Address 6501 Wayzata Blvd., St. Louis Park, 952-345-0505
Don’t let the scenery along I-394 (used car lot, used exercise equipment store, Fuddruckers, Bennigans) dissuade you. Alaska Eatery outclasses this strip. Just follow the scent of wood smoke to the open kitchen where chefs sizzle steaks, chops, and fish over wood-fired grills. Inside, the former Shelley’s Woodroast doesn’t look much different. The bar is hunt club casual, while the brawny dining room, with its timbers and mounted game over the mantel, is rustic and relaxed with a crowd of older couples, families, and groups of singles-akin to what you’d find at any lakeside resort.
The food and roaring fire in this faux northern lodge are for real. The menu of steaks, chops, and seafood is punctuated by eclectic specials-rich lobster-shallot ravioli, mac and cheese gussied up with white truffle oil and lobster claw. Brick-grilled chicken, crisp and succulent to the picked bone, and rotisserie leg of lamb showcased chef Josh Hedquist’s knack for getting simple things right. The double pork chop stuffed with smoked Gouda, bacon, and apple was worth its hefty price. Flame-kissed fish-trout from nearby Star Prairie Farm, line-caught Alaskan salmon-was moist and firm and shone in garnishes, ranging from red pepper coulis to rosemary-lime butter.
Tiny bone-in lamb chop “lolly pops” with a snappy chimichurri on wheat berries made a bountiful starter. Salads were big and bold-gold and red beets with lardons (OK, bacon) on peppery baby arugula and a giant seafood Louis combo were lighter options in portion and price. I was not impressed with the overwrought truffle oil Parmesan fries, the cheddar-heavy polenta, and clamless chowder. The menu is a bit short on sweets, but Alaska Eatery is long on genuine charm. Servers are swift, savvy, and happy to navigate the long, sensible wine list (more than twenty chardonnays, plus twenty wines by the glass, some at $6 a pour). Seated with my back to the crackling fire, sated and relaxed, it was easy to linger awhile.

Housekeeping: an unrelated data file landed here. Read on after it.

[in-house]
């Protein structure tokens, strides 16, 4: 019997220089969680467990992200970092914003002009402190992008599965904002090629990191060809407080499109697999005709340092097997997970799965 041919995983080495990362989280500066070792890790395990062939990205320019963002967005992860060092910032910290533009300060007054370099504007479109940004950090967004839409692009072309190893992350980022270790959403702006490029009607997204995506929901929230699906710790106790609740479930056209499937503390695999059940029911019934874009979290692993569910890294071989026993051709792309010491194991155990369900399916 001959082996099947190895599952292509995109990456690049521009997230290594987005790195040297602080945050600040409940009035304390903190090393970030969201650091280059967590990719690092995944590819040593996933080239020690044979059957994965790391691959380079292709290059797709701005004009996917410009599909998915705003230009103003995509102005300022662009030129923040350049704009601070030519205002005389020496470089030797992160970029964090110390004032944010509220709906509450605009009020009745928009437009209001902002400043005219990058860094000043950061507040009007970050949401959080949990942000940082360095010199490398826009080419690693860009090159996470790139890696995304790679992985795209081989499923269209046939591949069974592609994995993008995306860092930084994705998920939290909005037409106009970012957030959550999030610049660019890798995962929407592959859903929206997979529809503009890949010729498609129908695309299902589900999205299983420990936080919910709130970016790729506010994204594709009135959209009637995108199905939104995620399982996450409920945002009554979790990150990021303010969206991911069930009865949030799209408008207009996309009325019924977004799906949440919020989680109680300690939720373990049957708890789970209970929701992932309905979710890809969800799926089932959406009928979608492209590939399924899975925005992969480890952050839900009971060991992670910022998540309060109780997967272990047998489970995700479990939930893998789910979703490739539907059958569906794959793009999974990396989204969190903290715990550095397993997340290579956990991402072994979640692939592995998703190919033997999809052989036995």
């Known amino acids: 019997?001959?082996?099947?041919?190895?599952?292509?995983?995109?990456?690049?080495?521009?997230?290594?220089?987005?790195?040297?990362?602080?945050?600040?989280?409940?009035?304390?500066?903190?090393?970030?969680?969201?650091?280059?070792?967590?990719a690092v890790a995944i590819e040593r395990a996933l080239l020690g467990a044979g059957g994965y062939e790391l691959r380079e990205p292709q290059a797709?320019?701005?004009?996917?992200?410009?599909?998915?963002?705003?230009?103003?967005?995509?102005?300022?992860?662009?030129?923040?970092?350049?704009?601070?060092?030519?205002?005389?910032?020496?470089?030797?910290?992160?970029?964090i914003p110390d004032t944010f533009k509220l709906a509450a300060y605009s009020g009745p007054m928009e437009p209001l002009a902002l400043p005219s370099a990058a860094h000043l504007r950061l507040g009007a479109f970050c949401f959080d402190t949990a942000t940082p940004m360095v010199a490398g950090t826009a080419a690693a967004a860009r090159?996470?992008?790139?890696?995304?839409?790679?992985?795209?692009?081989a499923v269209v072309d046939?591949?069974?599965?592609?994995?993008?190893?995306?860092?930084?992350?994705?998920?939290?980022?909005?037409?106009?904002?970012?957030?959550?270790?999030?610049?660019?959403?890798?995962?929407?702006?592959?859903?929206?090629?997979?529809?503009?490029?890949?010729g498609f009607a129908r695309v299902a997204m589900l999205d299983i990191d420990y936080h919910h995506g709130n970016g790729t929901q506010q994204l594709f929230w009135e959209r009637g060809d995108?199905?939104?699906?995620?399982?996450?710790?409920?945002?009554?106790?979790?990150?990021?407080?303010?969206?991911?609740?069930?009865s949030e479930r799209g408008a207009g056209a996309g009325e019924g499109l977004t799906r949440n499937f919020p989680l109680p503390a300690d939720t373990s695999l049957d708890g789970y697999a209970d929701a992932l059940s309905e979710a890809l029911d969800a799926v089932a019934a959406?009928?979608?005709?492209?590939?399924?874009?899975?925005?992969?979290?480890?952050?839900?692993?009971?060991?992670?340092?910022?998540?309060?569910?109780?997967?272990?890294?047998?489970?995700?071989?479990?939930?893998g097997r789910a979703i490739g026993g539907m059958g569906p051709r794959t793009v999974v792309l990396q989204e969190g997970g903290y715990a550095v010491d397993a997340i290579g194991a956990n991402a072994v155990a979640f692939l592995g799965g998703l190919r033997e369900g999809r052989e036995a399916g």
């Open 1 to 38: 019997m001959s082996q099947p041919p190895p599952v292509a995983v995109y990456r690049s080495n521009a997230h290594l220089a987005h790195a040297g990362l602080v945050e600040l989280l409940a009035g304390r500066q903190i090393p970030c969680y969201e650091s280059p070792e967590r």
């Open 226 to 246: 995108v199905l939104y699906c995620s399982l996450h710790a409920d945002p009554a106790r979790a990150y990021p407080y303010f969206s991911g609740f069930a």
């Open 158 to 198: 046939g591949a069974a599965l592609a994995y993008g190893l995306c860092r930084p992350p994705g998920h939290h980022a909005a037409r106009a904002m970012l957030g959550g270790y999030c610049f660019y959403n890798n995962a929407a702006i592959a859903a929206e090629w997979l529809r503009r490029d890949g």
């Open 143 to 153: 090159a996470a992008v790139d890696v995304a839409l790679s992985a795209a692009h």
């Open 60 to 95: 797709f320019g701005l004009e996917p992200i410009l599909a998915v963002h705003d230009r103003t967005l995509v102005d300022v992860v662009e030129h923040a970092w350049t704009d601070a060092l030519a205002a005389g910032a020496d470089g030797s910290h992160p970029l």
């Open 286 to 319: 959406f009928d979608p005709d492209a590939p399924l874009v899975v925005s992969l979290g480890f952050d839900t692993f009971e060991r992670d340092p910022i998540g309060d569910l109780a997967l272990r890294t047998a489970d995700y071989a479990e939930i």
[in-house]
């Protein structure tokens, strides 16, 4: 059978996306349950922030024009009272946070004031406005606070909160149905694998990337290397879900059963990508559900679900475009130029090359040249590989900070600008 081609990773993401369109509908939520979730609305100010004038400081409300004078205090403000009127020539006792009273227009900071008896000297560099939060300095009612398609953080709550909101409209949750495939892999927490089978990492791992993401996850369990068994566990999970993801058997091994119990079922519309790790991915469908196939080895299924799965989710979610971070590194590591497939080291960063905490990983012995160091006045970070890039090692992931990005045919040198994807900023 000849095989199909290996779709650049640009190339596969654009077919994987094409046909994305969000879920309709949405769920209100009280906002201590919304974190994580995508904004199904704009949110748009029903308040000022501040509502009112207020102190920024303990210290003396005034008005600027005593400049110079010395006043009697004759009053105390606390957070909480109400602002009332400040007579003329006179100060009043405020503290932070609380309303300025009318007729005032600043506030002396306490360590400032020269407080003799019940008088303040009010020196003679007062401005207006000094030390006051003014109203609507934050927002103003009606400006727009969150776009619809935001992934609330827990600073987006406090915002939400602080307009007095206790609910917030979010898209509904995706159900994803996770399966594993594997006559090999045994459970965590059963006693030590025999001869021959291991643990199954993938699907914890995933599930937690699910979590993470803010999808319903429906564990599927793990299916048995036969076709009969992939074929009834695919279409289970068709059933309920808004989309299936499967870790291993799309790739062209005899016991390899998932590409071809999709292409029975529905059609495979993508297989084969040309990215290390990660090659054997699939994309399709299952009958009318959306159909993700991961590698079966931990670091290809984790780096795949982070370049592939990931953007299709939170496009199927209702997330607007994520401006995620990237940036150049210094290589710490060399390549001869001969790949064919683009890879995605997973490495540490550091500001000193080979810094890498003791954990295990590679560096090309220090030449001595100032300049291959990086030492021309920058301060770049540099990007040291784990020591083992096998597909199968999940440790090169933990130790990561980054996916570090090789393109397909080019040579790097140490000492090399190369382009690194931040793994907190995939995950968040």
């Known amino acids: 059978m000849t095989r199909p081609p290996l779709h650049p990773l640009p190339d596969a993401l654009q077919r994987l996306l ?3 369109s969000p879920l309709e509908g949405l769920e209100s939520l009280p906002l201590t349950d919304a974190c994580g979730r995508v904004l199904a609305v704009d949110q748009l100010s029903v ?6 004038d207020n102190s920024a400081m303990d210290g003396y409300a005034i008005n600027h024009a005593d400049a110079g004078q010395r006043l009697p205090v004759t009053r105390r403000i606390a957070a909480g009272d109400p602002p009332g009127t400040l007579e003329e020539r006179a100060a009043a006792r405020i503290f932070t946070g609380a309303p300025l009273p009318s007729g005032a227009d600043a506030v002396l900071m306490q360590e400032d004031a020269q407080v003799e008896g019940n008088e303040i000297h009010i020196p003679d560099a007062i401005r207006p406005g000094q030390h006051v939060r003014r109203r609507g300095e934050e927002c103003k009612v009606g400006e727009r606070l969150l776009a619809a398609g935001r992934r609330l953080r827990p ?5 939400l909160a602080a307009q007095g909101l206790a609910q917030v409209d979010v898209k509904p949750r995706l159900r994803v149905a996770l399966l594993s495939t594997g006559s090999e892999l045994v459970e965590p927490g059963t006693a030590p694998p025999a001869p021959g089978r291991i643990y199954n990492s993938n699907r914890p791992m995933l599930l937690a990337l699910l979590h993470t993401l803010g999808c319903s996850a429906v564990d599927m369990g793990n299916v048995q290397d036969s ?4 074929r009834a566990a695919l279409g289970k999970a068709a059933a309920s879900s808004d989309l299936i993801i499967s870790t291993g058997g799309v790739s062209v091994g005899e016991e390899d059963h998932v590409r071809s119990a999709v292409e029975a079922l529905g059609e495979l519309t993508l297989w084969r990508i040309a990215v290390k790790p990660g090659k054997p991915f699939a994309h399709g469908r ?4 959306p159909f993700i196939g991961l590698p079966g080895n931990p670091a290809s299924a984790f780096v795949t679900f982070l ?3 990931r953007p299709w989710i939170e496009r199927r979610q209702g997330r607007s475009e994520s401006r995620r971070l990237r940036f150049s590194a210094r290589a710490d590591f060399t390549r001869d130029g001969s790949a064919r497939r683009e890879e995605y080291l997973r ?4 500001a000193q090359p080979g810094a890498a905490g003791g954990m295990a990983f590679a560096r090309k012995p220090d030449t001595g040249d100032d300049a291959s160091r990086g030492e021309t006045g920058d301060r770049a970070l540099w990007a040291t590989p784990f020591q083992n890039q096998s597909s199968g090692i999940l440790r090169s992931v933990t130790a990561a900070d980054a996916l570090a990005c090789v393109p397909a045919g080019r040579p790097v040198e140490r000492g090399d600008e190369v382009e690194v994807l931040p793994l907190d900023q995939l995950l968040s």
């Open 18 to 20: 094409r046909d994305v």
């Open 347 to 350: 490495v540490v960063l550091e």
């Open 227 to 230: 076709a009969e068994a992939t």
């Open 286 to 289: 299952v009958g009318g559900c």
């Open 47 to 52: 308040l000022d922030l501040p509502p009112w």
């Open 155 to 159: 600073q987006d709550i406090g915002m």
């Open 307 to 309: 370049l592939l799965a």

“Mown hay,” “leather,” and “roses”-if these define scotch, then Shawn Jones, bar manager at Alaska Eatery, is the poet laureate of whiskey. Just ask him about the fifty-plus labels running long and deep. Sure, there’s MacArthur’s and Whyte & Mackay, but try the “merchant bottlings”-aged in independent merchants’ casks for different lengths of time.
As with wine, a spirit’s personality is influenced by location, water, and maker. Take Auchentoshan, a typically light Lowlands malt whiskey from the Kilpatrick Hills northwest of Glasgow. “Nicely balanced-a little grass, a bit sweet, perfect for chasing a damp chill,” says Jones, who notes that Highland scotch tends to be heavy with peat and smoke.
Look for upcoming scotch tastings in the Glacier Bar when you can sip the “waters of hospitality and brotherhood.”
GETTING THERE, GETTING IN: Reservations are recommended on weekends. There’s a parking lot.
HOURS: M-Sa 11 a.m.-10 p.m. Closed Su.
NOISE LEVEL: Low to moderate.
KIDS: The space and menu are both kid-friendly.
CARDS: AmEx, MC, Visa.
ENTRE PRICES: $16-$30.
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